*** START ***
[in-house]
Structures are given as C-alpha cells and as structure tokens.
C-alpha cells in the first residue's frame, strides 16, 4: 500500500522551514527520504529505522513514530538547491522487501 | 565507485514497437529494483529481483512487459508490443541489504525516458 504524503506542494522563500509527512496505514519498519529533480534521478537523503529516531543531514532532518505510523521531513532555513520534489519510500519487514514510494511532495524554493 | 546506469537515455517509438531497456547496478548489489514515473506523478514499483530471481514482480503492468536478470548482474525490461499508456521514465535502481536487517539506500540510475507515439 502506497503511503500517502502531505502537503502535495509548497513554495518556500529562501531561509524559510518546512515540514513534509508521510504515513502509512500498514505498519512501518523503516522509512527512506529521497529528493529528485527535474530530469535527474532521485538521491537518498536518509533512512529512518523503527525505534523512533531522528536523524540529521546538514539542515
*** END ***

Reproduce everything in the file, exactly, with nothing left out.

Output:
[in-house]
Structures are given as C-alpha cells and as structure tokens.
C-alpha cells in the first residue's frame, strides 16, 4: 500500500522551514527520504529505522513514530538547491522487501 | 565507485514497437529494483529481483512487459508490443541489504525516458 504524503506542494522563500509527512496505514519498519529533480534521478537523503529516531543531514532532518505510523521531513532555513520534489519510500519487514514510494511532495524554493 | 546506469537515455517509438531497456547496478548489489514515473506523478514499483530471481514482480503492468536478470548482474525490461499508456521514465535502481536487517539506500540510475507515439 502506497503511503500517502502531505502537503502535495509548497513554495518556500529562501531561509524559510518546512515540514513534509508521510504515513502509512500498514505498519512501518523503516522509512527512506529521497529528493529528485527535474530530469535527474532521485538521491537518498536518509533512512529512518523503527525505534523512533531522528536523524540529521546538514539542515